On the true arts of Popularity.
CICERO says, that it is the property of justice not to injure men, and of politeness not to offend them.' True Christianity not only unites, but perfects both these qualities; and renders them, thus associated and exalted, powerful instruments, especially in princes, for the acquisition of popularity.
The desire of praise and reputation is commonly the first motive of action in second rate, and a secondary motive in first rate characters. That, in the former case, men who are not governed by a higher principle, are often so keenly alive to human opinion, as to be restrained by it from such vices as would disturb the peace of society, is an instance of the useful provision made by the great Governor of all things for the good order of the world.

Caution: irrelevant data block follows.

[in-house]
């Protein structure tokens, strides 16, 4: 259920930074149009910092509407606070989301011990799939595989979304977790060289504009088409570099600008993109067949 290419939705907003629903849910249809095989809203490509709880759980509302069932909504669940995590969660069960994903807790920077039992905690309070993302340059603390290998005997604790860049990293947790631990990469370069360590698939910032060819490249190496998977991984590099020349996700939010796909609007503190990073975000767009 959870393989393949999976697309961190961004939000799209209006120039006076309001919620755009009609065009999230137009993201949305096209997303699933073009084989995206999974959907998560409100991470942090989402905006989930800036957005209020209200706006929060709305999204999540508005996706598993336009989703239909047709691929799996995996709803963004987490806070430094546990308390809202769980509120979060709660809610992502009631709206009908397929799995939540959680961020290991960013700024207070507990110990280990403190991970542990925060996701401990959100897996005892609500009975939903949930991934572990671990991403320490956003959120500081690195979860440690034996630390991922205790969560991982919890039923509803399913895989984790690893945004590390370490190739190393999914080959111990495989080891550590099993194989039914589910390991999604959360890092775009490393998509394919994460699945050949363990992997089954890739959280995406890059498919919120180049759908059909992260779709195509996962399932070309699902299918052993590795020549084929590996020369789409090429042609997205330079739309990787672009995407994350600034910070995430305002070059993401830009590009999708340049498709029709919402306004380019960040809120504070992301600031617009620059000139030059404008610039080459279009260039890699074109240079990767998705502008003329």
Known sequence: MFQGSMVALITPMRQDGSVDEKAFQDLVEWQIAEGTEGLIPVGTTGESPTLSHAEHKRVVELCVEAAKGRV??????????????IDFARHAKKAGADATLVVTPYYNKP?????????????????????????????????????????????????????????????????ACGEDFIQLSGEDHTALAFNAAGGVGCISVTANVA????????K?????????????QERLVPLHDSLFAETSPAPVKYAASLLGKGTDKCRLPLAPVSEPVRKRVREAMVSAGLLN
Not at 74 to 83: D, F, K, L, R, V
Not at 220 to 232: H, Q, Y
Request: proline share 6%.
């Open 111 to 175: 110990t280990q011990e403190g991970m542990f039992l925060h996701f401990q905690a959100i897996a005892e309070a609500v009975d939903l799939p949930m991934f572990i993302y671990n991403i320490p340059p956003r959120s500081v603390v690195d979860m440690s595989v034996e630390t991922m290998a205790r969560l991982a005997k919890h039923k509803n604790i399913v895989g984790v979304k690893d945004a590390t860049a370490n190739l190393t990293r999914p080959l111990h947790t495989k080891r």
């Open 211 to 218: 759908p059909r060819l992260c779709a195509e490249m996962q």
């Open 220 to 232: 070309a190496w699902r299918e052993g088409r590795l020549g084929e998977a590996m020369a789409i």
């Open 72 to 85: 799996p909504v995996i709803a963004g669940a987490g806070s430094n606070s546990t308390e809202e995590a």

But in princes, none of whose actions are indifferent, who are the observed of all observers,' reputation cannot be too highly prized. A negligence respecting public opinion, or a contempt for the judgment of posterity, would be inexcusable in those, whose conduct must, in no inconsiderable degree, give, in their own time, the law to manners, and whose example will hereafter be adduced, by future historians, either to illustrate virtue, or to exemplify vice, and to stimulate the good or evil, monarchs yet unborn.
A prince,' however, as a late eloquent statesman* observed in his own case, 'should love that fame which follows, not that which is pursued.' He should bear in mind, that shadows owe their being to substances; that true fame derives its existence from something more solid than itself; that reputation is not the precursor, nor the cause, but the fruit and effect of merit.
But though, in superficial characters, the hunger of popularity is the mainspring of action: and though the vain-glorious too often obtain, what they so sedulously seek, the acclama
The first earl of Mansfield.